Bulletstorm: Review (for real this time)

Bulletstorm - Hekaton

Our entire Awesomeness Quotient for the month has been used up with just this one screenshot.

Now that we’ve all enjoyed my hilarious joke, here’s what I really thought about Bulletstorm.

Straight up, I’m going to confess that it’s a long while since I’ve had this much pure, unadulterated fun with a game. I can’t remember the last time I blasted through an entire single-player campaign in one sitting.

I also have to confess that since completing the game, getting a healthy quantity of stars in Echo mode – essentially Bulletstorm time trials – and dabbling for a few hours in multiplayer Anarchy mode, my love affair with the game has waned.

Perhaps it was just chemical attraction. We met, we bonded, our bodies pumped out hormones – deeply manly hormones, of course, the sort of hormones that enjoy a spot of murderin’ – and for a time we were wrapped in homoerotic embrace. But then the lustre faded and we awoke, covered in blood and other more personal bodily fluids.

But lets put this aside – I’ll return to it later – because it’s time for me to explain what the game gets right and why, if you have any time at all for first person manshooting, you will probably love it.

In design terms, the game is fucking fan-tastic. That’s “fan-tastic” as Frank West would say it, so you know I’m being 100% serious here. The variation in environments is great, with each Act moving you to a significantly new locale, each Chapter offering up new scenery within that locale, and even within Chapters the environment design makes every area a distinct battleground. Ditto the enemies and the weapons, which scale up with just the right amount of challenge. The game is chock-full of mooks to play with but, having said that, the first time you encounter Freaks or Burnouts you’ll find your previous tactics wanting; you’ll have to get inventive. And being inventive is what Bulletstorm is about… to an extent.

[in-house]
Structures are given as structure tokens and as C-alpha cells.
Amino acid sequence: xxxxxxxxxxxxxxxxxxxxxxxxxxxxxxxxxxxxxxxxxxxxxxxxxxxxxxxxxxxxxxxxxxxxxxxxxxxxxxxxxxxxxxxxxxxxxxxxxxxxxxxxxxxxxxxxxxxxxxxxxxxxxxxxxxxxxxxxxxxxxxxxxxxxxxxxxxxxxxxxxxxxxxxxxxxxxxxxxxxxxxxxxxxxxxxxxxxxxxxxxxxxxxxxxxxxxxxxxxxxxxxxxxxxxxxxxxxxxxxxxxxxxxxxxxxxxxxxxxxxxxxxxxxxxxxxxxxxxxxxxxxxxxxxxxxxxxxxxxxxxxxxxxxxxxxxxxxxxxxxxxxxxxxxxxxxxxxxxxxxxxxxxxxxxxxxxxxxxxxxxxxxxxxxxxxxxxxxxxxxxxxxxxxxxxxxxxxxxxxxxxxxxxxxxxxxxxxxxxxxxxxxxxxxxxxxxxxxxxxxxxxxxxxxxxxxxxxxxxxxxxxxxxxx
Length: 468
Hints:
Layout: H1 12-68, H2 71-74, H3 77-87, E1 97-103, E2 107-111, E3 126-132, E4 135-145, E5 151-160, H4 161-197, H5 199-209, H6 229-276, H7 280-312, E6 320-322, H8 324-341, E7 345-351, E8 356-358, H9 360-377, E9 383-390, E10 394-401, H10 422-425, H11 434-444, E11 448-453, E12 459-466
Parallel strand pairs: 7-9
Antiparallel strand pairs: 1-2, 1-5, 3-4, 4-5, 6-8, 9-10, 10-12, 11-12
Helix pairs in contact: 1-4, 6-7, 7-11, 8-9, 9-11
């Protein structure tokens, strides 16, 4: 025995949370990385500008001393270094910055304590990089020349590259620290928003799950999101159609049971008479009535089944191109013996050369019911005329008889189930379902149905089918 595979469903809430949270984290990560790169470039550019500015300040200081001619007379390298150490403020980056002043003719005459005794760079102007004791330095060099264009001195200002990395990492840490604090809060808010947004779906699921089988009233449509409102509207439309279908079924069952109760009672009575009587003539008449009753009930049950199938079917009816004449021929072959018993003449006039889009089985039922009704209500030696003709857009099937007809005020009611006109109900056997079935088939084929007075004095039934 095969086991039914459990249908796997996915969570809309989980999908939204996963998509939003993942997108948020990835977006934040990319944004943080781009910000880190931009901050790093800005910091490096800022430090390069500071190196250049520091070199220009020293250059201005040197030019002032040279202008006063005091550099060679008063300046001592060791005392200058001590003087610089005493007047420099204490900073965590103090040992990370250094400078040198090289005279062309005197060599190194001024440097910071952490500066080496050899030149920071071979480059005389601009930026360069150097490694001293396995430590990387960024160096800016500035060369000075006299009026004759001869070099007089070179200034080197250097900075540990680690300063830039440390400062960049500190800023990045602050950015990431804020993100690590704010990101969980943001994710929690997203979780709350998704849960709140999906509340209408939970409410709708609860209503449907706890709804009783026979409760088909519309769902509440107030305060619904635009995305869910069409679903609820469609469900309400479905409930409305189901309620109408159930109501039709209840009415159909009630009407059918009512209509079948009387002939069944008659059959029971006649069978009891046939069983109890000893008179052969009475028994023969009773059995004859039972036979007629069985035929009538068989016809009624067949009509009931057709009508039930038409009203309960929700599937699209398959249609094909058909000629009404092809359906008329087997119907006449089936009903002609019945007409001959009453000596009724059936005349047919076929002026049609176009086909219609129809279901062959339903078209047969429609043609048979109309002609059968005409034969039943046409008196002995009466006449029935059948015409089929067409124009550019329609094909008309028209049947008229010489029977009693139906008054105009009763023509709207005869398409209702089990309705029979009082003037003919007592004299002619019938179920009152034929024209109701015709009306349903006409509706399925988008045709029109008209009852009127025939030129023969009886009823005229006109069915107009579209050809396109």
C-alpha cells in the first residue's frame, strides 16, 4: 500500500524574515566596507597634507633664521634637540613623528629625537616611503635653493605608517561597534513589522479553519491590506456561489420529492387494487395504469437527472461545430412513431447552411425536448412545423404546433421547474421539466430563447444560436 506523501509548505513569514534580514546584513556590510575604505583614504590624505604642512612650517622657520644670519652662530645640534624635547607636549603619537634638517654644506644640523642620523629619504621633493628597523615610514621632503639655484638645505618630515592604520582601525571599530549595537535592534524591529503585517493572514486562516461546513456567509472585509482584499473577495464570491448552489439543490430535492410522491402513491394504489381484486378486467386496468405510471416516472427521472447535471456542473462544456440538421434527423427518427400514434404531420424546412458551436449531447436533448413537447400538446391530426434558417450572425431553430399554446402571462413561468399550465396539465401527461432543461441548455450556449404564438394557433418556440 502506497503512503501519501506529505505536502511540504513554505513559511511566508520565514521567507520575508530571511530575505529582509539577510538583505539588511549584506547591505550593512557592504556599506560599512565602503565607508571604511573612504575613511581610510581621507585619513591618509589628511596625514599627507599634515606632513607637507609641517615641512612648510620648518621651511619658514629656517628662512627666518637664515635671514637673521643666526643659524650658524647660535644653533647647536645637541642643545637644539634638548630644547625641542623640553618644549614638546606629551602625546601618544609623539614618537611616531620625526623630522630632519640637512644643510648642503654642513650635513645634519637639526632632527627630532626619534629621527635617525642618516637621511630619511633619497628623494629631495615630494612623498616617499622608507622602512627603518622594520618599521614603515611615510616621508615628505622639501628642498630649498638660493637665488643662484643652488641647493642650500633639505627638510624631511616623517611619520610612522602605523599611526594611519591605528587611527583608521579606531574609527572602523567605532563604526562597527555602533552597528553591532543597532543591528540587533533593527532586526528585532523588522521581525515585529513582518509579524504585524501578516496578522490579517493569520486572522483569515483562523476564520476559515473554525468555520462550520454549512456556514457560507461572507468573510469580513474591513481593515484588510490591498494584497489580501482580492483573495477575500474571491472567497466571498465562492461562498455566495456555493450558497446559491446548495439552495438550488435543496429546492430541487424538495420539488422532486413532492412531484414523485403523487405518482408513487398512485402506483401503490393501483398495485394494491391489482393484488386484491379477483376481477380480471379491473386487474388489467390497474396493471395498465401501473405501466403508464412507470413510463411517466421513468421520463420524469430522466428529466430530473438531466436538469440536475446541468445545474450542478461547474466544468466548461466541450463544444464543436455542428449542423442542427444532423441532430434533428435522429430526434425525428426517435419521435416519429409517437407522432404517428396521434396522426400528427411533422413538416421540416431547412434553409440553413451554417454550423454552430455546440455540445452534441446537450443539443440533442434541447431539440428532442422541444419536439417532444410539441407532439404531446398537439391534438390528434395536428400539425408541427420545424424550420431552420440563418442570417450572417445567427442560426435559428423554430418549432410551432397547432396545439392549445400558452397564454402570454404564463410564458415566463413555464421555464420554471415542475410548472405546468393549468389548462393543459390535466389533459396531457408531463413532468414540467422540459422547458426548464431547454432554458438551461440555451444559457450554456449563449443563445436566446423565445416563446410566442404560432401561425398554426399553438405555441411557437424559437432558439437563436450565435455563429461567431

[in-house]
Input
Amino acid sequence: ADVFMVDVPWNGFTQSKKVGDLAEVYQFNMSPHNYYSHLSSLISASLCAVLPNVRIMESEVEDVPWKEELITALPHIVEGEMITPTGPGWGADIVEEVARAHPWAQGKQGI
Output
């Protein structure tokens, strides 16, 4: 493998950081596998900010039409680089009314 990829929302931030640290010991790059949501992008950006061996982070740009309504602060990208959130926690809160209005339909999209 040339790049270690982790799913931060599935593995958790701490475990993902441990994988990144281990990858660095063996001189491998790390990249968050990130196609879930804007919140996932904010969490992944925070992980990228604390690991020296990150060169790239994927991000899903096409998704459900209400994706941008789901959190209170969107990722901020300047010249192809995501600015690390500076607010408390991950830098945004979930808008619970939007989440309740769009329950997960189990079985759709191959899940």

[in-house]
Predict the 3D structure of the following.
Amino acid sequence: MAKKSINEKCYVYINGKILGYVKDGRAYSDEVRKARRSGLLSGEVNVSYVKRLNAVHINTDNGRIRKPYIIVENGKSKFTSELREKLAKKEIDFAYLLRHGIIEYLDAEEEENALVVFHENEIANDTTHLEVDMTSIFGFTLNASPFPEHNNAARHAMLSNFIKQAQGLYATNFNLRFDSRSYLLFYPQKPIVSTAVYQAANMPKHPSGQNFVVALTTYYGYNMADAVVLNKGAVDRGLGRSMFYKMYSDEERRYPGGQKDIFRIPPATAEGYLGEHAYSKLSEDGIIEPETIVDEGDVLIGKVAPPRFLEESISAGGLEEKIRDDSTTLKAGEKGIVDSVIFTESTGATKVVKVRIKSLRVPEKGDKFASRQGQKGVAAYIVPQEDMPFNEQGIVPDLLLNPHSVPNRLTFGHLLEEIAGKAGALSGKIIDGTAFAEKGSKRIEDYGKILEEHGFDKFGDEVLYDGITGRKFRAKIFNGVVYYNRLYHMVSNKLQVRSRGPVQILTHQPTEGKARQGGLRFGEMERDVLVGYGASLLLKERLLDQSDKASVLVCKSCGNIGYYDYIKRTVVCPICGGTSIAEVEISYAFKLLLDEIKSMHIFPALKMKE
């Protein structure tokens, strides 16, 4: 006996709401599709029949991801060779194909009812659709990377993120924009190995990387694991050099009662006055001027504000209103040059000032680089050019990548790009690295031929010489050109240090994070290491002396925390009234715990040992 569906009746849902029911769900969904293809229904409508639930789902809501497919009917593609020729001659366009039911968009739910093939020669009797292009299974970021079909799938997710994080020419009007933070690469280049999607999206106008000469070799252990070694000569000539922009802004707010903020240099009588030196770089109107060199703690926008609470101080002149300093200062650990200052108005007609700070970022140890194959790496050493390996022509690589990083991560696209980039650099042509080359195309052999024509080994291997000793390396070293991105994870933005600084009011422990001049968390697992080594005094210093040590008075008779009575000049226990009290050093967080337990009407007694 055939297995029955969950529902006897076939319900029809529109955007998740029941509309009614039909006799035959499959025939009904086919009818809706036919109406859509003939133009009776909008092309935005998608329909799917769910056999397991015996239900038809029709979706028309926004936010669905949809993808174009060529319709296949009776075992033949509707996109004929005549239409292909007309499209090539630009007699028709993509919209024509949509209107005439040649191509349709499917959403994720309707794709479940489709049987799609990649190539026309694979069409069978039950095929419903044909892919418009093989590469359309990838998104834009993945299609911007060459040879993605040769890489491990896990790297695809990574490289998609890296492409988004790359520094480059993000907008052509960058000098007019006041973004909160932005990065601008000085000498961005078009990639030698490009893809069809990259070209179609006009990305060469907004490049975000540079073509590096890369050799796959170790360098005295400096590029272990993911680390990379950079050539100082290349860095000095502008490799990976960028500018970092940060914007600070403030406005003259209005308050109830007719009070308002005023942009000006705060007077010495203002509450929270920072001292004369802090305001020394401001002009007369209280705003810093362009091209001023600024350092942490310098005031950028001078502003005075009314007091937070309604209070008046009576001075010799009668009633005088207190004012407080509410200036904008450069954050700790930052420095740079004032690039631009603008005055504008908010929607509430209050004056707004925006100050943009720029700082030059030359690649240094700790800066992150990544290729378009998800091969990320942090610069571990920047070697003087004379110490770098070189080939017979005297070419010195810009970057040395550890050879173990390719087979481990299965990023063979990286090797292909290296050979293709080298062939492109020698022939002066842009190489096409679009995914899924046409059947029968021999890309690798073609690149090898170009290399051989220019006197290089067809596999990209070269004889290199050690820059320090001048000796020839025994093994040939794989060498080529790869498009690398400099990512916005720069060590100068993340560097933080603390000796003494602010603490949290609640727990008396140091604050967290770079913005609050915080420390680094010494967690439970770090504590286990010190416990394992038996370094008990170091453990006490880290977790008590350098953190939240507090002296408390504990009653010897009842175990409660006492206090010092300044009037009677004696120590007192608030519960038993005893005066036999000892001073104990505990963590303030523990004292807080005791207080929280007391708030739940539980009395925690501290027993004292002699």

Bulletstorm - mooks

Who'd be a mook? The best you can hope for is a memorable one-liner being spouted as you're dispatched by the hero. The best these tools ever get is a dick joke.

The weapons are brilliant. You’ll always be forced to lug around a boring old assault rifle, yes: it’s a workhorse, a gun-of-all-trades. But it also has hefty ammo reserves to fall back on once you’ve exhausted your more exciting toys. Then there’s the leash, your other trusty tool, which can be used to grab distant or concealed enemies and pull them towards you.

The other weapons all have their own charms and you’ll find your favourites. I liked the sniper rifle with the remote-control bullets, the revolver with mounted flare gun and the explosive bolas best. There’s nothing quite like tying up the frontrunner of a pack of enemies and using him as an impromptu landmine, right? All of these weapons tie in to the game’s chief innovation: the Skillshot system.

Unless you live under a rock or don’t really follow games – in which case hello and welcome to Arcadian Rhythms, I’m pleased that Google has led you here – you’ll be dimly aware of what this system is. Essentially it awards you points for every enemy you dispatch; the baseline is a measly 10 points. Kick a guy into a cactus and that’s 50 points – or 100 if it’s the first time you’ve done it. Or you could kick someone off a cliff and, just before they fall, shotgun them in half. That’s about 100 points: 50 for the fall and 50 for adding insult to injury.

The Skillshot system is great, it really is: it encourages experimentation with the environments, it pushes you towards being inventive in order to gather more points (and in so doing unlock more weapon upgrades), and it also discourages you from sticking with your one or two favourite weapons – a perennial problem with the FPS genre. On the other hand, it’s strangely limited. There are about 130 skillshots in single-player mode including weapon-specific skillshots and unique environmental interactions. What’s missing is the option to chain these together. If you drag a guy towards you from behind cover, turn and kick him towards some loose electrical cables, then stick something explosive on him and detonate it while he’s being shocked… you get nothing more for it. The game only allows multiple skillshots to be applied when it says you can. It’s understandable – too many chaining multipliers would throw the point gathering and upgrade progress askew and thus unbalance the game a tad, not to mention the additional development and testing demands – but it’s also disappointing.